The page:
Mathura’s Chaturvedi family has been taking Ramlila to different stages across country since six decades

For more than six decades Mathura’s Chaturvedi family has been taking Ramlila to different stages across the country, with three generations completely involved and dedicated to bring the tradition closer to people.

Written by Vidhi Ghai | Chandigarh | Published: September 28, 2017 5:07 am
ramlila, ramlila in Chandigarh, ramlila performeance, ramlila grounds, Chaturvedi family from Mathura on the invitation of Shree Ramleela Committee, Sector 27 at the stage before performing

SINCE over six decades now, Mathura’s Chaturvedi family has been taking Ramlila to different stages across the country. For the last six years, it’s in Sector 27 of Chandigarh that the family is showcasing its love for the form, with three generations completely involved and dedicated to bring the tradition closer to people, with the years changing the essence and spirit of the epic Ramayana.

Sixty-seven-year-old Shankar Lal Chaturvedi, founder of the Chaturvedi Mandali, recalls the first time he watched Ramlila as a young boy of five and soon after began acting in plays and later formed his own 40-member team, with 16 from his own family performing Ramlila.

“My two brothers and I have been managing, directing the team and also playing roles, which have kept the tradition alive, and no, we haven’t modernised it,” explains Shankar, adding that the extended family is spread across the country, but is still closely connected to Ramlila. So, every year, despite being in different professions, the members come together for 10 days to be a part of the planning and staging of Ramlila.

“There are no monetary benefits here, but performing Ramlila every year gives us energy, satisfaction and peace,” reflects Shankar. Kunj Bihari Chaturvedi (13) has been playing the role of Sita for the last three years now, besides focusing on her studies and school work.

“Ramlila runs in our blood, for we have never learnt acting, we work hard and rehearse for long hours to create a great team. From music to make-up, acting to sets, costumes to sound, we take care of it all and are very self-sufficient,” smiles Kunj. A marketing manager of a diagnostics centre in Mathura, Vijay Chaturvedi (37), who will essay the role of Ravan this year recalls how since he was a teenager he has been travelling every year with his family across the country to stage Ramlila. “From Delhi to Mumbai, Rajasthan to Himachal Pradesh, Uttar Pradesh to now Chandigarh, it’s a family affair.”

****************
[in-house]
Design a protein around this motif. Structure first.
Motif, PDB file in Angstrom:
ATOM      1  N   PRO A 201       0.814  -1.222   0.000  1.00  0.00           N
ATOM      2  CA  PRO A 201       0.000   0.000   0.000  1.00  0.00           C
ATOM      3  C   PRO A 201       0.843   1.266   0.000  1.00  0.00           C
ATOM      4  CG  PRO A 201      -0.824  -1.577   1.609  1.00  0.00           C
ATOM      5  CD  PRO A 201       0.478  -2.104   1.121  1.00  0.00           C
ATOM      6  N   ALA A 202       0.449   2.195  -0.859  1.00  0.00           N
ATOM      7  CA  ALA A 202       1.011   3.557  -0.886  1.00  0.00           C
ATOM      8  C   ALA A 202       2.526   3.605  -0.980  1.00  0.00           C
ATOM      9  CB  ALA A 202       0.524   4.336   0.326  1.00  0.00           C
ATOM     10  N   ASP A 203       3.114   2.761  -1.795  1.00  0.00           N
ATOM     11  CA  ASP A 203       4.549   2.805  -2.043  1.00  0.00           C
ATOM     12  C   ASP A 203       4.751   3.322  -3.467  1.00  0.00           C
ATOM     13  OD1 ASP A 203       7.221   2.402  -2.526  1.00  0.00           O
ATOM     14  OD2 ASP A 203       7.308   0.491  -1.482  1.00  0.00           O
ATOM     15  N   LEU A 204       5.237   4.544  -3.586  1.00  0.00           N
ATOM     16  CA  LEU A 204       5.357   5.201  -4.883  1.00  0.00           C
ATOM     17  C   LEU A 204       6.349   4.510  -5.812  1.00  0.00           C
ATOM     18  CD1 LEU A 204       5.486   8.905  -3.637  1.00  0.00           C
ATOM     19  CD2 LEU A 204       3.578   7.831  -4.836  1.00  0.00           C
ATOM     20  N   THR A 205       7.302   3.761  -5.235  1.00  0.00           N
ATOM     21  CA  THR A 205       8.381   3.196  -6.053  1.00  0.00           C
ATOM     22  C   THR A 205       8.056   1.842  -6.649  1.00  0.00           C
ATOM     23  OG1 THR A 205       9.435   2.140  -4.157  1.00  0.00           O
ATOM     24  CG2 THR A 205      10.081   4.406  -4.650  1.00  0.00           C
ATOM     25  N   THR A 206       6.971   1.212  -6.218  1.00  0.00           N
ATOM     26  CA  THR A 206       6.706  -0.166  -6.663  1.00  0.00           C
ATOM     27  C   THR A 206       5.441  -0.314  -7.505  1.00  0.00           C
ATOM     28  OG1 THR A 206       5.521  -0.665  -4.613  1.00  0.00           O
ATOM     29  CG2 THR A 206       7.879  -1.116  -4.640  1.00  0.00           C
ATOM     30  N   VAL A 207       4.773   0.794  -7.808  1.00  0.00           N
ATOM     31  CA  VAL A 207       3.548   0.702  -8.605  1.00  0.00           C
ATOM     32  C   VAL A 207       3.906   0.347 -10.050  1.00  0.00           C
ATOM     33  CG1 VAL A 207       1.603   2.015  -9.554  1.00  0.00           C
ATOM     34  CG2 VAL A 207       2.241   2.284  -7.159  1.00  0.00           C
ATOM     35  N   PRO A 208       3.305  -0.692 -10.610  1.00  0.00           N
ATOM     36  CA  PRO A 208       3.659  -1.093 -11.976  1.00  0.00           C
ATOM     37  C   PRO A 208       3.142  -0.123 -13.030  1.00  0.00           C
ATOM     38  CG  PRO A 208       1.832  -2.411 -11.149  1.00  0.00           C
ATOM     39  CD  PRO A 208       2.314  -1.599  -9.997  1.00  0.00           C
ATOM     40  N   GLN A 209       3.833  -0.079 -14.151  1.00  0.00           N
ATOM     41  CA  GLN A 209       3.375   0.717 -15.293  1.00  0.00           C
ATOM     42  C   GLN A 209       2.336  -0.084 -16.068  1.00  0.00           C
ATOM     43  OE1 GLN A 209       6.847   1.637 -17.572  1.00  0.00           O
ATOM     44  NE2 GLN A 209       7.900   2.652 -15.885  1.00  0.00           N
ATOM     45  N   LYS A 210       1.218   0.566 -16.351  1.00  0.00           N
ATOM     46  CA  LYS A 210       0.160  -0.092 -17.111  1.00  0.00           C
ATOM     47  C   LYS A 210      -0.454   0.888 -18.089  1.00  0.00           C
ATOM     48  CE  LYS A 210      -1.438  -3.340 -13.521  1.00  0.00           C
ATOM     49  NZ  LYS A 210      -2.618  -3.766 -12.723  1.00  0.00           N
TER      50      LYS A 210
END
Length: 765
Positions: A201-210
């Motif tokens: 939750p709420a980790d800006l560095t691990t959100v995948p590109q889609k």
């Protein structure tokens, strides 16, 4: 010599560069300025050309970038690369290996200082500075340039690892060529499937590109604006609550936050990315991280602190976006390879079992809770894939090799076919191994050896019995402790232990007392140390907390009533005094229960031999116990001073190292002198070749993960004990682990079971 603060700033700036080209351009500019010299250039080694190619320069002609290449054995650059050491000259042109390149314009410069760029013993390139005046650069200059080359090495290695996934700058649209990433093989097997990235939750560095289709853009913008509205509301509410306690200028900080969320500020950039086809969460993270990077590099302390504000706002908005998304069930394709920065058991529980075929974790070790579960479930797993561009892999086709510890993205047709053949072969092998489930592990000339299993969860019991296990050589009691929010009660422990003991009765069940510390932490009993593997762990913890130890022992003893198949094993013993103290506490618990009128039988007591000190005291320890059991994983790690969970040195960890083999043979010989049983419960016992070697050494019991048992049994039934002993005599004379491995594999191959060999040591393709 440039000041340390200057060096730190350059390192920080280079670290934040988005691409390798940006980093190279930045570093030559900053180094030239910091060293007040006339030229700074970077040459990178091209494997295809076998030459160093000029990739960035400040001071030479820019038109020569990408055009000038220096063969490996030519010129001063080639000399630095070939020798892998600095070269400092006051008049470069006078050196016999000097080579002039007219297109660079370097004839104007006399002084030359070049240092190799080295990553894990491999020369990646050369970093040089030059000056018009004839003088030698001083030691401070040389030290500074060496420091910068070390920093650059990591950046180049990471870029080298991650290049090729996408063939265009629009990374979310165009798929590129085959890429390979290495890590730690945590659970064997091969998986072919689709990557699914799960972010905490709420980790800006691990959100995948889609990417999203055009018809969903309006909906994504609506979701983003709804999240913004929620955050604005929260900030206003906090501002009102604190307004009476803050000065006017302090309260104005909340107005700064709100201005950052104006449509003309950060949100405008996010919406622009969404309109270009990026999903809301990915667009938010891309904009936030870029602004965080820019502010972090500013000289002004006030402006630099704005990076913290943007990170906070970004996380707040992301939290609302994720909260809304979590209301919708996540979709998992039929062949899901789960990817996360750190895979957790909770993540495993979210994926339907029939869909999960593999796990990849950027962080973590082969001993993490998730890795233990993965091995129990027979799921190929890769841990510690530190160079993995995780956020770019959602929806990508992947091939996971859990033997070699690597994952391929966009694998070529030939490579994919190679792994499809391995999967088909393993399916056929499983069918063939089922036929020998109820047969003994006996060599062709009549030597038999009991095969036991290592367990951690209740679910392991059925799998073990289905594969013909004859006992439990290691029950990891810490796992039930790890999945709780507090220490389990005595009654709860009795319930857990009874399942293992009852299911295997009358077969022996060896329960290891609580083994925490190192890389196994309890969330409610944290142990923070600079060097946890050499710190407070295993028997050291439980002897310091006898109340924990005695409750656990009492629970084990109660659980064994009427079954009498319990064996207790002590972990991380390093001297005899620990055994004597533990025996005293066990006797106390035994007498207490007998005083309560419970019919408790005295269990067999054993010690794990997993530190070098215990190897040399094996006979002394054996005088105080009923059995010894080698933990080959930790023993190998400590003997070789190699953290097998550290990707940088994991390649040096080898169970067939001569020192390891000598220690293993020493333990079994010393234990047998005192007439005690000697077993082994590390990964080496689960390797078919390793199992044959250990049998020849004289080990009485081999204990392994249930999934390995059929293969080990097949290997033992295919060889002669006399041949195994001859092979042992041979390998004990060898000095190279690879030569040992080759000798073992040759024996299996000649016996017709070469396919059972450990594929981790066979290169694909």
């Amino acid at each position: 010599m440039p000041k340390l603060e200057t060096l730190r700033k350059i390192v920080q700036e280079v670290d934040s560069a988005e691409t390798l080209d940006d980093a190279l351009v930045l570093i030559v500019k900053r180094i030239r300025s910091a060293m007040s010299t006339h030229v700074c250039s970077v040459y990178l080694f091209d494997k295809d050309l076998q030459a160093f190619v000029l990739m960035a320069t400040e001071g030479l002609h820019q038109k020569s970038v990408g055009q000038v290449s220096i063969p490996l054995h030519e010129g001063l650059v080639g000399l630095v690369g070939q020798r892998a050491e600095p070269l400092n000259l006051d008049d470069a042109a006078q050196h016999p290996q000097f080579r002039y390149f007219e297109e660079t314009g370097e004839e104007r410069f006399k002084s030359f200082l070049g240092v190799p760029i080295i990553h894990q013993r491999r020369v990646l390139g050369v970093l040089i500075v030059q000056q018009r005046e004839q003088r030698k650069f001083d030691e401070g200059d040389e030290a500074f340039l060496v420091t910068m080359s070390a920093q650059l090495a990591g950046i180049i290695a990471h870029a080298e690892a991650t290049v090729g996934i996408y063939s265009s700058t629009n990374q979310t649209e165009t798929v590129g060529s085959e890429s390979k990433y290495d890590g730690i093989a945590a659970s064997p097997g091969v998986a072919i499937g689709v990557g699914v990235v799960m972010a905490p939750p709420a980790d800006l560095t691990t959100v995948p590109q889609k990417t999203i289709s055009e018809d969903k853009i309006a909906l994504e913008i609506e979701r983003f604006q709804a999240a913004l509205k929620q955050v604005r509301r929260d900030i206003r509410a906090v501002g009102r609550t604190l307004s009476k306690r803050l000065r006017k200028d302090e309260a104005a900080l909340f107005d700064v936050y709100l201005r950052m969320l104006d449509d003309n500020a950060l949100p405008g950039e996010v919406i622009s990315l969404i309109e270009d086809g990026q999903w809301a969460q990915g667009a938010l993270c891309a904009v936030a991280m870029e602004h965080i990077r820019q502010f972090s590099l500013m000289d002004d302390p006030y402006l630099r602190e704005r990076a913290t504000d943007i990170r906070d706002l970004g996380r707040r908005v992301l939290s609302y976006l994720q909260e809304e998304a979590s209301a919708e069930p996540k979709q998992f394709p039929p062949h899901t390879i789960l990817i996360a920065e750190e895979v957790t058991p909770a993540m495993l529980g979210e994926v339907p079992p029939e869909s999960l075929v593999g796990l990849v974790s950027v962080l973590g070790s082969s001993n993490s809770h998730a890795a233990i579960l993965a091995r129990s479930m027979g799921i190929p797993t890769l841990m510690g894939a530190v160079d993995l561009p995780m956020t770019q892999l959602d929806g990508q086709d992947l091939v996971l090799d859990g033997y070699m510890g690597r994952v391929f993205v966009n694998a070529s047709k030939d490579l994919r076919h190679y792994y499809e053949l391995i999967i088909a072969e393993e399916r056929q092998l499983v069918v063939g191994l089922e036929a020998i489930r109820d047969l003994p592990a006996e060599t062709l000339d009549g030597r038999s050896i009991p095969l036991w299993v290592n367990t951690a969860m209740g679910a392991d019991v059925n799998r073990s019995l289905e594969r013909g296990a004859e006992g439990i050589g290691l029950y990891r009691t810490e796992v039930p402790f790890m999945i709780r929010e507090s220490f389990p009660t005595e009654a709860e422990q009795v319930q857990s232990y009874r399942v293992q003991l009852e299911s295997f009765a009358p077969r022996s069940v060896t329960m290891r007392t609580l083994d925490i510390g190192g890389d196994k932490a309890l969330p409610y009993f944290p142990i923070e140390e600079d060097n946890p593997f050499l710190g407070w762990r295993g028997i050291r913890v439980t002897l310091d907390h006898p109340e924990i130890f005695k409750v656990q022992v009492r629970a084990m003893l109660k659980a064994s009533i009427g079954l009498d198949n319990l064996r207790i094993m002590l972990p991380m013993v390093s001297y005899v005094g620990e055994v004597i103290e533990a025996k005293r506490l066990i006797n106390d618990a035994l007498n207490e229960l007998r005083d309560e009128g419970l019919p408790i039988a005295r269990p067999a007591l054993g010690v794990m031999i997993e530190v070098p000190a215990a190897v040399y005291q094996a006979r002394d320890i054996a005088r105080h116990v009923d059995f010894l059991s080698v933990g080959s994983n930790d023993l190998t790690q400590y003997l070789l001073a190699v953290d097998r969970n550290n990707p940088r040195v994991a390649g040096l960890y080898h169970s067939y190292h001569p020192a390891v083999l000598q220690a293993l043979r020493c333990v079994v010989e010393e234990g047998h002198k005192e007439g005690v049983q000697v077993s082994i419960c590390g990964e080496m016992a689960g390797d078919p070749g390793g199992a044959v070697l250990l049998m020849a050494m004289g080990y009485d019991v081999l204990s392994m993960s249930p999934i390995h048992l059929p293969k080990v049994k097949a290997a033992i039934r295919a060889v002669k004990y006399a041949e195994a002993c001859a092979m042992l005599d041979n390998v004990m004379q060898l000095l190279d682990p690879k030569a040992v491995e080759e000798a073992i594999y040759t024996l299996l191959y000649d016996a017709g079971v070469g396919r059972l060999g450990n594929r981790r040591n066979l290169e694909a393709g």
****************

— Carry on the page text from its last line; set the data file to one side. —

The uniqueness about the Chaturvedi Mandali is that the members set up three stages simultaneously and as a result, are able to present various scenes consecutively, giving the audience a bigger picture, with the battle scenes presented on the ground to give a realistic view of events.

With 60 years of experience in the field, Shankar has trained his entire family to play all roles, and take on different responsibilities to make the show a huge success, year after year. Since the age of six, he has played several roles, be it of Ram, Laxman, Sita and he agrees that the toughest part is the preparation for the show, with make-up alone taking hours to complete, “Hanuman’s mask and Ravan’s heads and beard requires hours to complete,” adds Shankar.

Till very recently, male members of the family played the roles of women, but now two women are part of the team. Every character has an understudy ready with dialogues and costumes, in case of an emergency situation. We have no make-up artist, as each member is responsible for his or her make-up and costumes. Earlier, all that mattered was the story and the dialogues. We used zinc, saffron and kajal as make-up. But today, we use bright make-up, and the latest beauty products for a glowing and expressive face and we have mastered the art over the years. At the end of the show, we have a large supply of ghee and natural oils to wipe off all the make-up and that too, is a time-consuming process,” adds Shankar.

At any given time, there are 24 people are in the green room for more than three hours and these include the actors who need to paint their faces and use make-up continuously for 10 days. The group travels with its own props and costumes, with a person in charge of each aspect of the production. The budget of the Ramlila is around six lakh, paid to the mandali by the committee, with the group managing its expenses of every aspect of the elaborate production, including the stay, food etc. of the team. “At the end of the day, we feel a great sense of peace, satisfaction and fulfillment and it’s worth every effort,” add the other brothers, Shankarlal and Shivlal. The show goes on.

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